· Overflow proteinuria occurs in the absence of any underlying renal disease and is due to an increased plasma concentration of abnormal immunoglobulins and other low-molecular-weight proteins.
Protein electrophoresis is particularly helpful in distinguishing glomerular from tubular proteinuria. In glomerular proteinuria, albumin makes up about 70% of the total protein excreted, whereas in tubular proteinuria, the major proteins excreted are immunoglobulins with albumin making up only 10% to 20%. Immunoassay is the method of choice for detecting specific proteins such as Bence-Jones protein in multiple myeloma.
Evaluation: Proteinuria should first be classified by its timing into transient, intermittent, or persistent.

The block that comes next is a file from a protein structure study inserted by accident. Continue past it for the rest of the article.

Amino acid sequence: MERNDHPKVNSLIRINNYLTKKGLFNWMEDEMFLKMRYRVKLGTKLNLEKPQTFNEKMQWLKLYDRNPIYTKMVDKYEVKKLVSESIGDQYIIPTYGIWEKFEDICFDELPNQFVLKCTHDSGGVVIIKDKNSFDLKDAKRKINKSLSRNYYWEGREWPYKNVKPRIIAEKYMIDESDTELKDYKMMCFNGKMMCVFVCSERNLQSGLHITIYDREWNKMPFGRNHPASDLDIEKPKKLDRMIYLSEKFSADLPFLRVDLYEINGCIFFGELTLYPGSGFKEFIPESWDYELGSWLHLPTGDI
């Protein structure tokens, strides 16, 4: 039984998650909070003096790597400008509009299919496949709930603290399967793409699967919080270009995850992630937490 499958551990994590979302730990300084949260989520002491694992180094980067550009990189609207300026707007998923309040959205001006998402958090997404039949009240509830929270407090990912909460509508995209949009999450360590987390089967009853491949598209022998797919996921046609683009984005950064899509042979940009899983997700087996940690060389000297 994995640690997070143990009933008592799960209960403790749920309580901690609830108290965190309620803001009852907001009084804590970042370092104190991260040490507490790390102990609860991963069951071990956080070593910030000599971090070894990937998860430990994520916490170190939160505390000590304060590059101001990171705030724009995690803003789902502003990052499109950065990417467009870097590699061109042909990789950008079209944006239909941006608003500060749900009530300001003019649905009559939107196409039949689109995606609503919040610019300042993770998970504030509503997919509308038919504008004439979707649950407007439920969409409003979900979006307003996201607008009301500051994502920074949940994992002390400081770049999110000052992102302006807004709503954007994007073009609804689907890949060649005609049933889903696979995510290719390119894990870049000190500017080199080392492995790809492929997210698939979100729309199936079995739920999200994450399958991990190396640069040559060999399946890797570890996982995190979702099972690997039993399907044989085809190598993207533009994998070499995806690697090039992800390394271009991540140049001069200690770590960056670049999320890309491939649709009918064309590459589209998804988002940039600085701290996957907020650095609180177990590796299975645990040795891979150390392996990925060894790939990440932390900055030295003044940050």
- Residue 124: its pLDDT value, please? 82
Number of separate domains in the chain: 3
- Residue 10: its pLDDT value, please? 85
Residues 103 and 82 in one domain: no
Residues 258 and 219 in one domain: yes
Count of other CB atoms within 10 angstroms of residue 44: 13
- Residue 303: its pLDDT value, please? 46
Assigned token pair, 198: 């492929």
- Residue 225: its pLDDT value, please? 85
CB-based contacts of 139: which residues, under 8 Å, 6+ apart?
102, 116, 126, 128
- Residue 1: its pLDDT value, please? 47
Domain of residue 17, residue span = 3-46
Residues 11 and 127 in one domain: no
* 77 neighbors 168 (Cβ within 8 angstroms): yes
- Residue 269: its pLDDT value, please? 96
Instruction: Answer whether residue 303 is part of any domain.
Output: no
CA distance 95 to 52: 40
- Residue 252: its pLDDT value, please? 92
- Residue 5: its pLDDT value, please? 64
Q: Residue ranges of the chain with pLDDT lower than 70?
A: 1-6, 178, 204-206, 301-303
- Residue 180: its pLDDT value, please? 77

· Transient proteinuria occurs commonly, especially in the pediatric population, and usually resolves spontaneously within a few days
· Proteinuria may also occur intermittently, and this is frequently related to postural change.
· Persistent proteinuria requires further evaluation, and most cases have a glomerular etiology.
A patient in who total protein excretion is 300 to 2000 mg/day, of which the major components are low-molecular-weight globulins, further qualitative evaluation with immunoelectrophoresis is indicated. qualitative evaluation reveals abnormal proteins in the urine, this establishes a diagnosis of overflow proteinuria.
3-Glucose and Ketones:
This so-called renal threshold corresponds to serum glucose of about 180 mg/dL; above this level, glucose will be detected in the urine.
4-Bilirubin and Urobilinogen: